Maybe it’s because of this lingering stereotype that even women who take the step to get information from a clinic may be slow to warm up to the concept. Only about 1 out of 15 women inquiring actually end up freezing eggs, says Christy Jones, founder of Extend Fertility, an egg freezing referral service that connects patients to 11 clinics across the country. “About half of those will end up talking to someone by phone about egg freezing. Half of those will move forward with lab work and a physician consult, and half of those move forward with freezing eggs.” Of the women who do freeze, Jones says that many patients inquire about egg freezing in their early to mid-30s but don’t go through with the procedure until several years later, when they’re facing the end of their baby-making days. “There’s little sense of urgency because your fertility doesn’t decline overnight,” she says. “It’s a slow fade.”

There are, of course, objective reasons for women to be wary. It’s not guaranteed to work, and at $9,000 to $13,000 per round, it’s dauntingly expensive. And you have figure out how late you could have a baby and still be fair to that child. But other reluctance is more psychological. Many women think there’s still something humiliating or unnatural about having to use science to have children. “There’s a resistance to the medicalization of fertility in general, especially accepting new treatments,” says Takefman, Ph.D., a psychologist at McGill Reproductive Centre in Montreal. They’re embarrassed to ask their parents for financial help. They dread getting their hormones tested and learning that their fertility is already in decline.  Or they feel bad about where they are in their lives and think, “Oh God! I have to resort to this.”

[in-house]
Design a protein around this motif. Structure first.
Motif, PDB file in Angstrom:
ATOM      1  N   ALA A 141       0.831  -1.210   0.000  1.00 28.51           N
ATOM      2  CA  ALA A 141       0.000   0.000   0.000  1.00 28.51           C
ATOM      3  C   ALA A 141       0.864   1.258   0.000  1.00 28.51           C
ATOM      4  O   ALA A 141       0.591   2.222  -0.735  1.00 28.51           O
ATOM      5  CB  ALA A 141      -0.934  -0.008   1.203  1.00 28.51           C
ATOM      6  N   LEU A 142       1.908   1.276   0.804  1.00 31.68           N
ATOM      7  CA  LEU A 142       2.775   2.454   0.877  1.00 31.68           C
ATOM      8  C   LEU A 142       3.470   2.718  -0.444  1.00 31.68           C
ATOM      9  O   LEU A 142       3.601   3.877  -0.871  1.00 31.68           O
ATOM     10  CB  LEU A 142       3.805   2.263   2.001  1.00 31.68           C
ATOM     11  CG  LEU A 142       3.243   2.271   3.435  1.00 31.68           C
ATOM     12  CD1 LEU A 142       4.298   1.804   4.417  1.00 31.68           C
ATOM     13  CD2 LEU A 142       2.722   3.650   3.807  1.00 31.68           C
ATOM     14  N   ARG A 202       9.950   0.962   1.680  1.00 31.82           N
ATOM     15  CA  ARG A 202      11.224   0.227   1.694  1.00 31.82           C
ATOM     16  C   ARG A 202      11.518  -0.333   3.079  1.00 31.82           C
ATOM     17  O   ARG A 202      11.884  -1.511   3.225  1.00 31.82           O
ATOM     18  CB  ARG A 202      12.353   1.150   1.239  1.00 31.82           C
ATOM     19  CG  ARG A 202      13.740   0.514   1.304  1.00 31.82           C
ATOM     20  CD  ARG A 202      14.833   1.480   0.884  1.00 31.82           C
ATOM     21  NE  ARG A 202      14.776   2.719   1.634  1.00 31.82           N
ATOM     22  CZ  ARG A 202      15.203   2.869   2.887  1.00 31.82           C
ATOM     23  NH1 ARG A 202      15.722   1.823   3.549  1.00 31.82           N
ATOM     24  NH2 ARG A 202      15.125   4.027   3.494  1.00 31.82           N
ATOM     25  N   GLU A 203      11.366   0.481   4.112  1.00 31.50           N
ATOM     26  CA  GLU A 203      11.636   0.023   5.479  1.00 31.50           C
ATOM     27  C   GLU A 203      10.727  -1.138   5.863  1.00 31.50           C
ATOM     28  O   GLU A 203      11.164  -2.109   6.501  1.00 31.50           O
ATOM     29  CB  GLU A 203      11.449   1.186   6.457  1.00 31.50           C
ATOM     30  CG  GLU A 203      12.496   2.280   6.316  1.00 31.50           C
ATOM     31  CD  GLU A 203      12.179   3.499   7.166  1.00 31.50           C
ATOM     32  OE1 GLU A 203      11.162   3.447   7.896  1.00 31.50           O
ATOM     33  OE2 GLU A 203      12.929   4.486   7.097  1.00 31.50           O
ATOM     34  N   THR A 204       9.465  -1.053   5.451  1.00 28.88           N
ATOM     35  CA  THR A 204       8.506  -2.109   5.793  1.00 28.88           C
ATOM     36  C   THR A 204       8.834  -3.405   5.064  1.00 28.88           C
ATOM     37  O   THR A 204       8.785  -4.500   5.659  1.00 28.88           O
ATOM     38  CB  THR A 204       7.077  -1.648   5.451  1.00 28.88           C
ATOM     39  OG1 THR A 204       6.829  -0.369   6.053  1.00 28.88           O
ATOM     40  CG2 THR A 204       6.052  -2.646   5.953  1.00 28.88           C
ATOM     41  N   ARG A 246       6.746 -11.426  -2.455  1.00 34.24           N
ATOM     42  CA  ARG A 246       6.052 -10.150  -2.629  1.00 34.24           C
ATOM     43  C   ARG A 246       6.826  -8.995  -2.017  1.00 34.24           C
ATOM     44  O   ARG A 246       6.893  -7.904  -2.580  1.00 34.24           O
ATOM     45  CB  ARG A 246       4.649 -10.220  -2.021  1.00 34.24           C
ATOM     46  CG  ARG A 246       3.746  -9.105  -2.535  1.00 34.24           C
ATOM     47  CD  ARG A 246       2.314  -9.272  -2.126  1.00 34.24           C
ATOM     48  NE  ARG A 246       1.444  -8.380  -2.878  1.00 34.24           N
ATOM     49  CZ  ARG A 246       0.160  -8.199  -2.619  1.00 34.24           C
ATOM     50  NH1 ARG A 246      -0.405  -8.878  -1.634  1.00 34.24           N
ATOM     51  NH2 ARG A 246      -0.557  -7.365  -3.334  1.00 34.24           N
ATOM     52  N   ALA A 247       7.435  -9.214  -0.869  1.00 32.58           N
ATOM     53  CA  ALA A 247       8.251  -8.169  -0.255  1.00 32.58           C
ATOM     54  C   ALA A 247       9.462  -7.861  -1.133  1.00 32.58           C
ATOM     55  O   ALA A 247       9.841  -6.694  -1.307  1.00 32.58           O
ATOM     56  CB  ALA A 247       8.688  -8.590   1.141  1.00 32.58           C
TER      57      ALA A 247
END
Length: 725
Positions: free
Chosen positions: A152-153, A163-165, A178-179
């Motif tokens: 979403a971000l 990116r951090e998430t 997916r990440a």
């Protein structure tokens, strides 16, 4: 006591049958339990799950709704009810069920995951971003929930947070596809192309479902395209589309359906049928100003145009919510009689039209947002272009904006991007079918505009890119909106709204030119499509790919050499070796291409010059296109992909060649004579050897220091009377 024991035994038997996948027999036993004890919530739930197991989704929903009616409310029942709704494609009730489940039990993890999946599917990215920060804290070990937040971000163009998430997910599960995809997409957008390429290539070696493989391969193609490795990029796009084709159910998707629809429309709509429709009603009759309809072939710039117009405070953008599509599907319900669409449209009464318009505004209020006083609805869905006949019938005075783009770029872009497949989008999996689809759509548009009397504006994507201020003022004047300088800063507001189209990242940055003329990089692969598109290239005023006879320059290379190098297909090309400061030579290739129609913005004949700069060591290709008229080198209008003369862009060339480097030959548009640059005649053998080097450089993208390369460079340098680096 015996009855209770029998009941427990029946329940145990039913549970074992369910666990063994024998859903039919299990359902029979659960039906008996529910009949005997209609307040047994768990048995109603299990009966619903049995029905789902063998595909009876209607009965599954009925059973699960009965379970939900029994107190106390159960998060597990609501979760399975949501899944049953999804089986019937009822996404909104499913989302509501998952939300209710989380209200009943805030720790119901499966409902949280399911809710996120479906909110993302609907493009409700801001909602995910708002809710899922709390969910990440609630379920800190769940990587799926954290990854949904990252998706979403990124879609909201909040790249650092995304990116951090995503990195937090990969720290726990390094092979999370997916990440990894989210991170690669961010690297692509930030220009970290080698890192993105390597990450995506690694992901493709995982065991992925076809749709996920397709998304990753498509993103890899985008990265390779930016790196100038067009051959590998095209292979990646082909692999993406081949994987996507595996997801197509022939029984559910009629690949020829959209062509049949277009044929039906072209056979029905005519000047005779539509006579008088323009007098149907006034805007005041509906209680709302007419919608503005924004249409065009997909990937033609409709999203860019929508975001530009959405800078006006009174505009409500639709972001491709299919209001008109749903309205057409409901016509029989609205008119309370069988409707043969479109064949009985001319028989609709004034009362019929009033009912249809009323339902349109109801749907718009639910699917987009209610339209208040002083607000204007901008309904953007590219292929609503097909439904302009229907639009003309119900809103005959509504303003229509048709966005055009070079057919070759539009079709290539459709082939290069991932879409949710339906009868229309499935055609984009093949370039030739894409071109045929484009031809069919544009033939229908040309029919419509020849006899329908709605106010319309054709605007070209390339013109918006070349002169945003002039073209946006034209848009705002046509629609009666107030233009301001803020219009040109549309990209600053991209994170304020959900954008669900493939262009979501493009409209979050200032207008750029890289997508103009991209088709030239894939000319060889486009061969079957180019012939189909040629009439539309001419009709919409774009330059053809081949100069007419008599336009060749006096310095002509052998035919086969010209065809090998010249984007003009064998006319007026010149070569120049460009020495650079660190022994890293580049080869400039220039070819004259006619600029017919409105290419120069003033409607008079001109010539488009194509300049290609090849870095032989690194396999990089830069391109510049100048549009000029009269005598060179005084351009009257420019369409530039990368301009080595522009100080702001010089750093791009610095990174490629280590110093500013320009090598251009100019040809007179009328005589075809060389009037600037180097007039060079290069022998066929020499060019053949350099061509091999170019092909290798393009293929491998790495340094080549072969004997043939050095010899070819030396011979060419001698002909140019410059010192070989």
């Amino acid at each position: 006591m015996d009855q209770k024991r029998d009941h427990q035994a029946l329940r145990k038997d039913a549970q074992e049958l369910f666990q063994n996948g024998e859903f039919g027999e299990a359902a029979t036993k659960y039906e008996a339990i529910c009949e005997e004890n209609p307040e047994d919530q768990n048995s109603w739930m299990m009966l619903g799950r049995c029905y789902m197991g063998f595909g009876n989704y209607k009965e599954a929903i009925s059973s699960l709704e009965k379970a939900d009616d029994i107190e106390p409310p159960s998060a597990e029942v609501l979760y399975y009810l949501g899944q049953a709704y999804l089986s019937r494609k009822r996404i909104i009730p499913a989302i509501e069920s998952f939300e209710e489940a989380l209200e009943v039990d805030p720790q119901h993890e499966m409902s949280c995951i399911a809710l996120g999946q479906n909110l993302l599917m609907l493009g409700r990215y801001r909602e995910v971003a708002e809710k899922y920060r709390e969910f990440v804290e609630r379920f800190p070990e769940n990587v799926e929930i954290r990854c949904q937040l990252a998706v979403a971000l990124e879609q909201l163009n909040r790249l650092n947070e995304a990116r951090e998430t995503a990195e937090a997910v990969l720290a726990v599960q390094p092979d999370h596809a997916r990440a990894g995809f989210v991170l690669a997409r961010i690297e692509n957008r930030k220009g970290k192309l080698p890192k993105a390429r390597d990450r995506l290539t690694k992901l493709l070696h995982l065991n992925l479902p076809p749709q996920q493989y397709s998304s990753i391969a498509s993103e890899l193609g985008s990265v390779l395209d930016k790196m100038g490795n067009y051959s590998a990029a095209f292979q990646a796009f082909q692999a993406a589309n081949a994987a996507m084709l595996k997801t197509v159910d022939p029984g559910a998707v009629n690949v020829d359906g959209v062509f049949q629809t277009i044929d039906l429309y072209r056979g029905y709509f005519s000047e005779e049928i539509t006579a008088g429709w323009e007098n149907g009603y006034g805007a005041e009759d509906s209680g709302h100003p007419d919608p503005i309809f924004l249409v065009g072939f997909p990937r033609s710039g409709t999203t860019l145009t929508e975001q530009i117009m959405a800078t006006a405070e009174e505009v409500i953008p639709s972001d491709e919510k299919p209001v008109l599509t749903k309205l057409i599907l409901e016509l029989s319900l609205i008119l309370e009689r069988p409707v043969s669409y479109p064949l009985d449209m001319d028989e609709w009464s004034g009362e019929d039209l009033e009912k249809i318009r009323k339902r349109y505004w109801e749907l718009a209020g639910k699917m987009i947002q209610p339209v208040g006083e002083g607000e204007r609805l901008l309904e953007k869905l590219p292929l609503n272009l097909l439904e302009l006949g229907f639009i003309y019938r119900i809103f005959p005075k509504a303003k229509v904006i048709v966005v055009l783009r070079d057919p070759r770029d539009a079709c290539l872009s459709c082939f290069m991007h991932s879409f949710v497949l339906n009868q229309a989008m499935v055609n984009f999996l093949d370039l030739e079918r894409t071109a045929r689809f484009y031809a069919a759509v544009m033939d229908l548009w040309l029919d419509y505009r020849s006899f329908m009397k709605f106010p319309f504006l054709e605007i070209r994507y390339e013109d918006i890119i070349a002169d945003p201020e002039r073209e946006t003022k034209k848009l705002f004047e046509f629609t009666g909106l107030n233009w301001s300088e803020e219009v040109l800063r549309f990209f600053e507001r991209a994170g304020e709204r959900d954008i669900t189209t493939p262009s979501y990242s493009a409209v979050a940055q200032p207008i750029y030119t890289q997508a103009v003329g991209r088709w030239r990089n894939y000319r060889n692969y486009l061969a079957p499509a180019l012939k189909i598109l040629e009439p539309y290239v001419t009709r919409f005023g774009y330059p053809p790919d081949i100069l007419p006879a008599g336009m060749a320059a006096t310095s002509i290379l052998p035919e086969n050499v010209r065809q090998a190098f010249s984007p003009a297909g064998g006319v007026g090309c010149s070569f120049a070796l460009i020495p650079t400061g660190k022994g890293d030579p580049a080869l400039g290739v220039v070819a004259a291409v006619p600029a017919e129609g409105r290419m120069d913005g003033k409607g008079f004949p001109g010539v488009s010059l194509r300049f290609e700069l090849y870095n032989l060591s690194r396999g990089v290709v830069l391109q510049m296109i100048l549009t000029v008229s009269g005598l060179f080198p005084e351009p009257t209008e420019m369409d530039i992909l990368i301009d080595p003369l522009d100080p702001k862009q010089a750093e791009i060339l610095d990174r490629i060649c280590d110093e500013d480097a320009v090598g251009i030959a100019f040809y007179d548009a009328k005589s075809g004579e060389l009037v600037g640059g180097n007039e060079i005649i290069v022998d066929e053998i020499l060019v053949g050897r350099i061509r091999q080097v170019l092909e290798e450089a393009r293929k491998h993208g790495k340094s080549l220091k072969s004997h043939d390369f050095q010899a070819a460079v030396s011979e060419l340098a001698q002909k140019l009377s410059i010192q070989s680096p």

There is some good news. Apparently, once women make the decision to freeze, they feel better about it. One study of 241 patients who froze their eggs found that the majority of women planned to share their intention to freeze with friends and family, “suggesting that the action of freezing one’s eggs may feel empowering rather than shameful,” concluded the authors. And the stigma against egg freezing might be decreasing. Fertility doctors are reporting a surge of new patients, including more women under 35 who bring a different mentality. “The young women are doing it to proactively preserve their fertility, not salvage it. They see it as another option. They freeze because they want to travel the world or go back to school,” explains Takefman. For them, egg freezing isn’t a sad desperate act or punishment for not steering their love lives better. It’s a tool to plan their futures. It’s liberation from the constraints of biology.

These younger women, proud as they are, have a lot to teach their big sisters. Hopefully, their attitude will steer the national conversation to respecting women who take control of their fertility and try to give their children a better life rather than condemning them for following a different timeline. Perhaps this will help women who are on the fence move forward with the procedure and stash their eggs when they are their prime. Or at the very least, a more accepting attitude will help those women who decide not to freeze feel less grief.